Supporting Enhancement in India's NDC Ambition
Under this project, TERI will provide policy-relevant, cutting-edge research and analysis and thought leadership required for supporting an enhancement in India's NDCs under the Paris Agreement.
Strengthening India's Nationally Determined Contributions (NDC) will require showing that further ambition is possible in sectors that are currently at the core of India's policy strategy (power), as well as expanding the NDCs to newer sectors currently not covered (transport, industry). It will also require establishing stronger analytical and policy links between India's development and sustainability agendas, particularly in crucial sectors such as agriculture, manufacturing, and urban development. It will also require creating, through international dialogue, enough confidence among Indian policy makers that other major economies are also considering enhanced NDCs.
With support from Children's Investment Fund Foundation (CIFF), TERI will produce policy-relevant, cutting-edge research and analysis and thought leadership required for supporting an enhancement in India's NDCs under the Paris Agreement.
TERI will support the government with well-informed policy analysis on critical areas, especially on the development of a long-term greenhouse gas reduction strategy and the industrial decarbonisation pathway. The programme will also involve convening different groups that can assist with building consensus around the emerging pieces of analysis and conclusions. These convenings would provide a place for assembling different line ministries, and international and domestic climate policy experts to enable dialogue and synthesis that takes into account the influence of different sectors on the overall objective of NDC enhancement.
The project consists of the following components
Circular economy for plastics in India: A roadmap
Report Authors: Shilpi Kapur Bakshi, Mehar Kaur, Shweta Gautam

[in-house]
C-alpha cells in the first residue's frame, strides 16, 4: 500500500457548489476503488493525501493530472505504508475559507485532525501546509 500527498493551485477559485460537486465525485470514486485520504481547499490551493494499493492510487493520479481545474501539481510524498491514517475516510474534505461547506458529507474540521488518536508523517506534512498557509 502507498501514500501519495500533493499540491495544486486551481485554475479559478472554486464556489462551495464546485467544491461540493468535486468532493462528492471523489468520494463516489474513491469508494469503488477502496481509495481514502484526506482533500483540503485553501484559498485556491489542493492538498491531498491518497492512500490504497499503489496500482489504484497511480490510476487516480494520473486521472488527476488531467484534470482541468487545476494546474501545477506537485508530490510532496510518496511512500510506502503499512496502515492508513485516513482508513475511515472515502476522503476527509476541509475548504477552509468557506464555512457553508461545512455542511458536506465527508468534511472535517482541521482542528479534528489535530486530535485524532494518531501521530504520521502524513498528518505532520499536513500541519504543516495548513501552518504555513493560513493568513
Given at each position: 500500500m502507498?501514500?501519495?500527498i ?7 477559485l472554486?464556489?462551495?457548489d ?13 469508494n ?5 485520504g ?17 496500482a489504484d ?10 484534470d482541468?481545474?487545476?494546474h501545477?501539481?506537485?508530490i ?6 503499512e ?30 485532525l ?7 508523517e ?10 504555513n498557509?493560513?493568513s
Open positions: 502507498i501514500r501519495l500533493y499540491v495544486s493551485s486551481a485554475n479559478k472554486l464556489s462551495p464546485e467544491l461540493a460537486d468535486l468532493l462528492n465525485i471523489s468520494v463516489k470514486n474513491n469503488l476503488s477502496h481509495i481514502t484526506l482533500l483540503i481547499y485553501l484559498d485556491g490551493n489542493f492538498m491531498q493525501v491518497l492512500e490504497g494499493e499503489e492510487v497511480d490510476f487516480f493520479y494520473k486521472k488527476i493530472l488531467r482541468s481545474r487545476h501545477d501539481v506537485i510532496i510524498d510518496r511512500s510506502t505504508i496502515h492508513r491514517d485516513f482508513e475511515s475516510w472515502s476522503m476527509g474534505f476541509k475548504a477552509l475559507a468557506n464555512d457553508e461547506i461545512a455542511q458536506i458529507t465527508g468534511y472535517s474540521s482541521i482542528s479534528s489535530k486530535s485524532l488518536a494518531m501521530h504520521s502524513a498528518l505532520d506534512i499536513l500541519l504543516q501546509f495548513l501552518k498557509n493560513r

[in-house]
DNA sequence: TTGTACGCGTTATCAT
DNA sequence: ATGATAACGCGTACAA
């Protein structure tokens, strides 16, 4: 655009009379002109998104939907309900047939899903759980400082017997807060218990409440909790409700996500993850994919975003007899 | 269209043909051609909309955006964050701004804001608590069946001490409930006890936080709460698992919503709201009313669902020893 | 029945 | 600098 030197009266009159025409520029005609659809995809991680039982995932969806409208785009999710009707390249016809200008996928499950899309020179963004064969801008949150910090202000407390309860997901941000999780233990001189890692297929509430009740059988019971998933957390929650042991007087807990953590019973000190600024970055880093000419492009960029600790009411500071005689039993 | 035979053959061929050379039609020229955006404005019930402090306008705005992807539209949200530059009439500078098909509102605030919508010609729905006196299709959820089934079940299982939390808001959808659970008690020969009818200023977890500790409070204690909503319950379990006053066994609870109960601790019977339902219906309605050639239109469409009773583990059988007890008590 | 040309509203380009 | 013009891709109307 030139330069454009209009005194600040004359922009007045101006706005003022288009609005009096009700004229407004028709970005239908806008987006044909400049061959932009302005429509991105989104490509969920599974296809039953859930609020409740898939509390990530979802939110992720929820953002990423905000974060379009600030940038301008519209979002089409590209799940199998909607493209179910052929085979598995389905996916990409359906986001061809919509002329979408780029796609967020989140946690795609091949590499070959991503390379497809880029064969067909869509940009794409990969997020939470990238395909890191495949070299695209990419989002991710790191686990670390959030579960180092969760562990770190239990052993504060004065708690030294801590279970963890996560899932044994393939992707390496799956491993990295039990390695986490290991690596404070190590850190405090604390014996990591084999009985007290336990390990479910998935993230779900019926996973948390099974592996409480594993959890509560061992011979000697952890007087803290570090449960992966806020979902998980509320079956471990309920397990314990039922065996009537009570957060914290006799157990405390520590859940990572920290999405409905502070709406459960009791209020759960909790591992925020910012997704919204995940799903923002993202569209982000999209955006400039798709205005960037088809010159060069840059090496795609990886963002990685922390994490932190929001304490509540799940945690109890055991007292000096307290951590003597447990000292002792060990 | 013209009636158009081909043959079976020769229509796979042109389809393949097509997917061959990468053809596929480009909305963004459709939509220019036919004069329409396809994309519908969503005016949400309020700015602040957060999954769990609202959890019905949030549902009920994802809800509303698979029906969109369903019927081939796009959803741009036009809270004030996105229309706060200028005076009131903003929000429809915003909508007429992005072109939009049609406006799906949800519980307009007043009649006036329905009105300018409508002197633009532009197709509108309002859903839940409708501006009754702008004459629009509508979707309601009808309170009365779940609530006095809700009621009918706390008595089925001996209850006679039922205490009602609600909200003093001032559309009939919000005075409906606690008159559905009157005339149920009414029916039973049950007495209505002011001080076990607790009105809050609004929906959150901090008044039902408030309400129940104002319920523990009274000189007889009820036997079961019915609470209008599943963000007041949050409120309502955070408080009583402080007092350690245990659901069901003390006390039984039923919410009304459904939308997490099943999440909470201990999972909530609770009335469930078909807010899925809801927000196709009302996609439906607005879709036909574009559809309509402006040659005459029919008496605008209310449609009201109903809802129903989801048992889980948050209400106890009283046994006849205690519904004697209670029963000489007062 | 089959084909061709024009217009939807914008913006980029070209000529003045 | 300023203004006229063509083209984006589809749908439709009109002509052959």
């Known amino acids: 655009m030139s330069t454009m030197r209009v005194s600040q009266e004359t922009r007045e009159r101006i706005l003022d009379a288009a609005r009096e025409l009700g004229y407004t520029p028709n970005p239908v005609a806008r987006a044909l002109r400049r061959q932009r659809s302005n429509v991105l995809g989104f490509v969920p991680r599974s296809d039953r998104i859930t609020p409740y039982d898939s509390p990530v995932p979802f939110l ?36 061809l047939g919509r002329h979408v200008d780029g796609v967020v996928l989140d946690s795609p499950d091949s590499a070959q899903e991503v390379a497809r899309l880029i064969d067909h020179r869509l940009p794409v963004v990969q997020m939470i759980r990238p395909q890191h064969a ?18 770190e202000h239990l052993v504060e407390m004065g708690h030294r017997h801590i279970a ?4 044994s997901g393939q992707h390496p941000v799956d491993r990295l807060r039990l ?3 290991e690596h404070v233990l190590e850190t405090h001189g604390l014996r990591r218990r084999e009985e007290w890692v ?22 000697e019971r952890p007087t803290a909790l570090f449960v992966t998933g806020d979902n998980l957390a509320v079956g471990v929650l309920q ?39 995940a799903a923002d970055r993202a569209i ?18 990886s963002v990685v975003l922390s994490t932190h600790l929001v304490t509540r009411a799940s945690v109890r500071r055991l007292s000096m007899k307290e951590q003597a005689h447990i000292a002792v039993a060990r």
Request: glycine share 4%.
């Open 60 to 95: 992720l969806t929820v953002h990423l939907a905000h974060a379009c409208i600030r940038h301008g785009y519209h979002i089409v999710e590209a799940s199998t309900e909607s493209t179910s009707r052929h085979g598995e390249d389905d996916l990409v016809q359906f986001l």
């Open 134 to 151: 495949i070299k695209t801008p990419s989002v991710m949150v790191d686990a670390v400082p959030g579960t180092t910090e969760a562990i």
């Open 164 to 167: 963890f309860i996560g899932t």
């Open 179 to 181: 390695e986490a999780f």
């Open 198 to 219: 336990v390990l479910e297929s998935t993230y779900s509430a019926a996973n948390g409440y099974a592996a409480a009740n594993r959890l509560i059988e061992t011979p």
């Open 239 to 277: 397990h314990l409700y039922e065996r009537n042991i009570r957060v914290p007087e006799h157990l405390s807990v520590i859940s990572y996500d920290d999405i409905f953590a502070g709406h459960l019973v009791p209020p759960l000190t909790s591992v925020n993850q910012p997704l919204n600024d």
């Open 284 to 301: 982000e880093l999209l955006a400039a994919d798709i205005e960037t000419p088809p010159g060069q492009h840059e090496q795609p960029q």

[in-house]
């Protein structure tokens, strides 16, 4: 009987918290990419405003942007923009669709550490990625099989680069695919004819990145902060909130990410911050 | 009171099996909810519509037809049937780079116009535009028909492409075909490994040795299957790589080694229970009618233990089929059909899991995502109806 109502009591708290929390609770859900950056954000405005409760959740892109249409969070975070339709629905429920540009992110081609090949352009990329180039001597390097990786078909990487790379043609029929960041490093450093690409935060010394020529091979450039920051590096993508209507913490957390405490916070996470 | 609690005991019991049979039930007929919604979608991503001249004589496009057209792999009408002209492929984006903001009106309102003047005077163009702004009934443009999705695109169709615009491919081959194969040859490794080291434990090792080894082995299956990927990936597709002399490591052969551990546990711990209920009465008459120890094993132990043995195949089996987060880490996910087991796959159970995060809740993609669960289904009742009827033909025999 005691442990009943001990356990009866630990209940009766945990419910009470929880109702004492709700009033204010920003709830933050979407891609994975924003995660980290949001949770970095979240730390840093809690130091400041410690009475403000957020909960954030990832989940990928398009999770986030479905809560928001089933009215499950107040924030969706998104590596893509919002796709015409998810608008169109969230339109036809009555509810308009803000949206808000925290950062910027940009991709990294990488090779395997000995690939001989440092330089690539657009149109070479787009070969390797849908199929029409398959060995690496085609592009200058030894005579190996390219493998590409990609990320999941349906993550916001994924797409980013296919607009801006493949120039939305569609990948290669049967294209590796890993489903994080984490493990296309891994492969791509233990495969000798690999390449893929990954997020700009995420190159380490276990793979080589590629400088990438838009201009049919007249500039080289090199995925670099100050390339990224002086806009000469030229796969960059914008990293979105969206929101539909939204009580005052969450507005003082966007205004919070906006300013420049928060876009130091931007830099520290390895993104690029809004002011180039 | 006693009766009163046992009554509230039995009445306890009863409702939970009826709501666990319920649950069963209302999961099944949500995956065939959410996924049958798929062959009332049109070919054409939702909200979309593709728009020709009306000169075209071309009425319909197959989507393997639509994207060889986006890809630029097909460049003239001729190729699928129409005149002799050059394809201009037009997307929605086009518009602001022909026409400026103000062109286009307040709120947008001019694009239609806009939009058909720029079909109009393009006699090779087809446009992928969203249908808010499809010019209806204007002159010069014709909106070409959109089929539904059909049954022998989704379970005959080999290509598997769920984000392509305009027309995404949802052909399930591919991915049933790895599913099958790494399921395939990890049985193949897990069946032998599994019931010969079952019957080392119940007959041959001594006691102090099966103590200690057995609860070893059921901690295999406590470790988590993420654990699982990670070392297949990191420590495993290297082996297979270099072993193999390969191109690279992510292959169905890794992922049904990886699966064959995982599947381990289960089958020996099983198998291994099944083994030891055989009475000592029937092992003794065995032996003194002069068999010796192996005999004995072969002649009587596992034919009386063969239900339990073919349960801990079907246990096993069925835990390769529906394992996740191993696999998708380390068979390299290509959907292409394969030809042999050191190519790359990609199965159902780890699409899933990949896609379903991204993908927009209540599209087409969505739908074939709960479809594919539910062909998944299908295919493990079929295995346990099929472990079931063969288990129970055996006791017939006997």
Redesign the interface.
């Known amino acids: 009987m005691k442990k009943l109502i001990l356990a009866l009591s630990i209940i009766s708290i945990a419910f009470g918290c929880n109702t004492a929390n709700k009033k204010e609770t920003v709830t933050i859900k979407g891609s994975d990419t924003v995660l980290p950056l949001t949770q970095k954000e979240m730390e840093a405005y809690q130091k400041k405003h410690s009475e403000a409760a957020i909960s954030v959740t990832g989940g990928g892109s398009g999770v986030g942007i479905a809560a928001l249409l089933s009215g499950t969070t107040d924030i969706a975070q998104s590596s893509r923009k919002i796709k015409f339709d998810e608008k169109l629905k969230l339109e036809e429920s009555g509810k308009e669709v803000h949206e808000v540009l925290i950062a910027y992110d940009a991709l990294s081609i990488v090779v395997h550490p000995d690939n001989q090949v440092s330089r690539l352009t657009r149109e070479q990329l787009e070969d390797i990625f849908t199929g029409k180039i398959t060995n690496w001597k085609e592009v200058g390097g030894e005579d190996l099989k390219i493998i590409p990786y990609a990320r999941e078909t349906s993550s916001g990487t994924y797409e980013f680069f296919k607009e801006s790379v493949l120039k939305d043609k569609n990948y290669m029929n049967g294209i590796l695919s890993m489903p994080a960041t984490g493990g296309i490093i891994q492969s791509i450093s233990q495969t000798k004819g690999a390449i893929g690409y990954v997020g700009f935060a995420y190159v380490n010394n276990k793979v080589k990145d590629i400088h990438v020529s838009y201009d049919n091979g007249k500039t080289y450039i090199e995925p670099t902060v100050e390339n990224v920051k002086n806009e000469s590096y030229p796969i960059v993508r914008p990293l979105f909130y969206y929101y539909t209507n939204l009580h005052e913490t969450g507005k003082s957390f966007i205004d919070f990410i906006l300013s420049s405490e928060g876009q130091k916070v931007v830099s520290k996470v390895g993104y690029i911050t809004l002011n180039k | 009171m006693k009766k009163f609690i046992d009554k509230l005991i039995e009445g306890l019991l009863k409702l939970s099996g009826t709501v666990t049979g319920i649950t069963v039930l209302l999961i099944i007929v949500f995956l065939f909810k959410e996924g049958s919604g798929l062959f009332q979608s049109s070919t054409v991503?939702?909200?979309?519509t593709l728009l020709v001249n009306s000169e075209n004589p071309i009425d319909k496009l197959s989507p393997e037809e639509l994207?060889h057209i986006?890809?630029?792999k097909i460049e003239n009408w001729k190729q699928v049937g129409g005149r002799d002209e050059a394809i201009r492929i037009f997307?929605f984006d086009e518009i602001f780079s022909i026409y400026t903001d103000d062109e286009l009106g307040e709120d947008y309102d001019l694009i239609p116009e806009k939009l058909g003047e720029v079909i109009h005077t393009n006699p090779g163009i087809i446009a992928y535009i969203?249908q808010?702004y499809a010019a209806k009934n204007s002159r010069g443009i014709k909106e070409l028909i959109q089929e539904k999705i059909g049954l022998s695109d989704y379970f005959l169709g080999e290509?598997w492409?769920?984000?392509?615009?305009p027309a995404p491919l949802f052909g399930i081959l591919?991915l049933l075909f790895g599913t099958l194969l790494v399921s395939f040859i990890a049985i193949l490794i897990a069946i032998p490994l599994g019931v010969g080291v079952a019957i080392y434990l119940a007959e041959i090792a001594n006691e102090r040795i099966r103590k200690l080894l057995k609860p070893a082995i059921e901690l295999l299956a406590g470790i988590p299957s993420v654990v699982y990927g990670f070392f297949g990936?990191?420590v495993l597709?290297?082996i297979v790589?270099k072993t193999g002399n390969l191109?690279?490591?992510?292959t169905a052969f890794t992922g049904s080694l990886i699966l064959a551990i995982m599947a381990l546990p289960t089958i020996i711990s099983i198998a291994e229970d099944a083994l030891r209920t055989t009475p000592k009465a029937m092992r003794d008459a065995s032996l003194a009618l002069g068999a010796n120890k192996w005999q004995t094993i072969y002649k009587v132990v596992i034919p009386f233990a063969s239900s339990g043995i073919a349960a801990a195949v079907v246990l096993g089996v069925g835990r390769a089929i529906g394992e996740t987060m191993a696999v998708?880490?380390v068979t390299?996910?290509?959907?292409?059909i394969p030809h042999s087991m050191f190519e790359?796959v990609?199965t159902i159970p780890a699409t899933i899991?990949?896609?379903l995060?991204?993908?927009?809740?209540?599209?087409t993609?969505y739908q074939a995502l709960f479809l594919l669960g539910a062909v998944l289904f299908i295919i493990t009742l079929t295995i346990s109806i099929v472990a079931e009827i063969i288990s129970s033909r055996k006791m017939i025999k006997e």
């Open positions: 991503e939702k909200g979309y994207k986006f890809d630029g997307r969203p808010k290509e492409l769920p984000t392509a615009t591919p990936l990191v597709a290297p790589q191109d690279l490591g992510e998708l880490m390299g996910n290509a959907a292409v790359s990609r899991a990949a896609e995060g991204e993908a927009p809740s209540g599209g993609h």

The plastic circularity roadmap aims to decouple plastic production from virgin fossil fuel, and incentivise its reduce, reuse, and recycling, thus bringing down plastic waste as well
The plastic value chain spans from the extraction of raw material for plastic production over several steps, all the way to the end-of-life management and disposal of plastic waste. The value chain is extremely carbon intensive both on the demand and supply side. In addition, the existing waste management practices in India are unable to support the urban waste generated from plastic, which is becoming a major issue. This poses a significant challenge as the world aims to limit global warming below 2°C. In hopes of achieving emission reduction targets, the industry sector has been focusing on reducing the sectoral greenhouse gas (GHG) emissions from production (supply-side) of widely used resources such as steel, cement, and plastics. However, achieving the targets required to keep global warming below 2°C is possible only when reduction in supply-side emissions is complemented with demand-side management.
The report 'Circular Economy for Plastics in India: A Roadmap', prepared by TERI with support from the Children's Investment Fund Foundation (CIFF), was released at the WSDS 2021 Business Track- Collaborative platforms to fast-track India Inc.'s 'race to zero' emissions. The report identifies opportunities across the entire value chain of plastics with specific focus on the downstream issues of avoiding waste and fostering reuse and recycling. Drawing upon the learning from existing best practices across the world, the roadmap details the potential impact of the measures which include use of recycled plastics and waste as a substitute for virgin polymers, eco-design to reduce absolute material consumption and ease of disassembly of final product from demand and supply sides, under three circularity scenarios for India: Business as Usual (BAU), Moderate, and High ambition Resource Efficiency (RE) and Circular Economy (CE).
The report has three key objectives supported by measurable action plans that look into:
- Adopting sustainable material solutions – use of bio-based polymers, substitution of virgin polymer with recycled polymer, and dematerialisation of plastic products.
- Increasing supply of good quality secondary plastics feedstock (recycled plastics); and
- Invent, innovate, and encourage alternative uses of problematic plastic waste.